On Saturday Ascot will host the King George VI and Queen Elizabeth Stakes. The prestigious all age, one mile and four furlong race, was first run in 1951.
Guest blogger Grenville Davies looks back at the career of Royal Palace, winner of the 1968 King George VI and Queen Elizabeth Stakes.
The years from 1965 until 1972 were considered to be a golden era in European racing – as there was Sir Ivor, Nijinsky, Mill Reef, Brigadier Gerard and of course the incomparable Sea Bird. However, the one horse who always seems to be missing from this list of champions is the 1967 Derby winner Royal Palace, by Vincent O’Brien’s first classic winner in Ballymoss, who also won the 1958 Prix de L’Arc de Triomphe, out of the stoutly bred Crystal Palace.
Whatever Royal Palace did as a two-year-old, he was expected to be even better at three and four. Trained by Sir Noel Murless at Warren Place, who must have thought that he had something to go to war with, as he made his debut in the Coventry Stakes at Royal Ascot, only to finish unplaced behind Bold Lad.
He would run twice more as a juvenile, with victories in both the Acomb Stakes and the Royal Lodge. In both of those, he was ridden by Lester Piggott - whose ten-year association with Murless would soon some to an end.
The Australian jockey George Moore was drafted into the stable for the 1967 season and to begin with they took all before them and Royal Palace would be no different. His first two runs as a three-year-old resulted in wins at the very highest level, with victories in the 2,000 Guineas and the Derby. The first of those involved a short-head win over Taj Dewan (whom he would meet a year later). The Derby was more clear-cut with a two and a half-length success over the subsequent St. Leger winner Ribocco, a race that Royal Palace was expected to win and in so doing become the fifteenth winner of the Triple Crown. But it was not to be, as injury would intervene. His season ended on a slight downer as he finished third to Reform in the Champion Stakes.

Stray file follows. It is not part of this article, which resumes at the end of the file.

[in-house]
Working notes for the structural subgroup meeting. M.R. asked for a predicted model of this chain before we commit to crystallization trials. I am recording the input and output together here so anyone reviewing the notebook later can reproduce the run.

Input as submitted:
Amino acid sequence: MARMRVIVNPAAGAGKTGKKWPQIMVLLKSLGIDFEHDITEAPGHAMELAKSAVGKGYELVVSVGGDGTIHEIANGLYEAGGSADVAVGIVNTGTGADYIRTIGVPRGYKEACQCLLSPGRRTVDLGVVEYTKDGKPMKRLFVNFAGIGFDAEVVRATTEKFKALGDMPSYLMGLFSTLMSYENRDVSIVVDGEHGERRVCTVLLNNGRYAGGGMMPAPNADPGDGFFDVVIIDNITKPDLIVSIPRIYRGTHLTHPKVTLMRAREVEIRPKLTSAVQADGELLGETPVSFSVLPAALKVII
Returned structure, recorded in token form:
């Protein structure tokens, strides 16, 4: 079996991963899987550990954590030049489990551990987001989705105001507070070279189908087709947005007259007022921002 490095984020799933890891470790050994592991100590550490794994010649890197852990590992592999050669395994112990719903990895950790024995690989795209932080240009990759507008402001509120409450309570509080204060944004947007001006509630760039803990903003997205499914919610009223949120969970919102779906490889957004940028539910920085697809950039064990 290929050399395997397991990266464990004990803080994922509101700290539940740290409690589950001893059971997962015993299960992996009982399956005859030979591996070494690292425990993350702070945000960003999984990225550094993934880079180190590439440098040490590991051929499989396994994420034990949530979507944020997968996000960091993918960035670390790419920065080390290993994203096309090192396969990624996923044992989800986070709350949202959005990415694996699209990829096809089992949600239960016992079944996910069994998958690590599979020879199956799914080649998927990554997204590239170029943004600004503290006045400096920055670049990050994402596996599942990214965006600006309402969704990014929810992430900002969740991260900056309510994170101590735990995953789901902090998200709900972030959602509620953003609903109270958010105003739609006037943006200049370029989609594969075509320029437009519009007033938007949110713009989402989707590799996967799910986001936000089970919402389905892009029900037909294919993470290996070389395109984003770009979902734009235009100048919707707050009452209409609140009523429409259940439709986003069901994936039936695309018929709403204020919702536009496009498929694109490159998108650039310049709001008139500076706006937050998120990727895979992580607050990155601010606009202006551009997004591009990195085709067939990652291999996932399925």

By the time of the 1968 season, Moore had decided to return home and Murless elevated apprentice Sandy Barclay to stable jockey -both he and Royal Palace would not disappoint. His first three runs resulted in three comfortable wins but come Sandown on Eclipse day things would be different, and claims would be made for this to be the race of the century. In opposition and starting favourite was that year’s 2,000 Guineas and Derby winner Sir Ivor but lurking in the wings was the runner-up of the previous year’s 2,000 - Taj Dewan, who had gone down by a short-head that day to Royal Palace, so as they say “Let the Battle Commence” and what a battle it would be, as they went hammer and tong at each other up the Sandown hill. Many felt that Taj Dewan had got it but the camera would prove otherwise and Royal Palace had gained the day by a short-head, whilst Sir Ivor would be three-quarters of a length back in third.
Next stop was the Ascot’s King George VI Queen Elizabeth Stakes, where Royal Palace would cement his reputation as a tough and genuine horse, as well as a brilliant one. (See the finish above) As they turned for home, his backers were looking very pleased with themselves, having taken the odds of 4-7 however a furlong from home he started to falter and Sandy Barclay’s skills as a jockey were tested to the full, as he had to nurse home a broken down Royal Palace. Half a length away in second and third were Felicio and the 1967 Arc winner Topyo. It later transpired he had torn a suspensory in his near-foreleg. Royal Palace was swiftly retired to stud, where his only progeny of any note was the Queen’s 1977 Oaks and St. Leger winner Dunfermline.
Lester Piggott was not a fan of Royal Palace, as he had felt him to be ungenuine as a two-year-old. The ironic thing is, though, he had to dig deeper than most horses do to achieve greatness.
The race photo is courtesy of Alpha Press.
The 1968 King George VI and Queen Elizabeth Stakes trophy (pictured above) is on display in the National Horse Racing Museum and on loan from Jockey Club Estates.
Blog by guest blogger, Grenville Davies.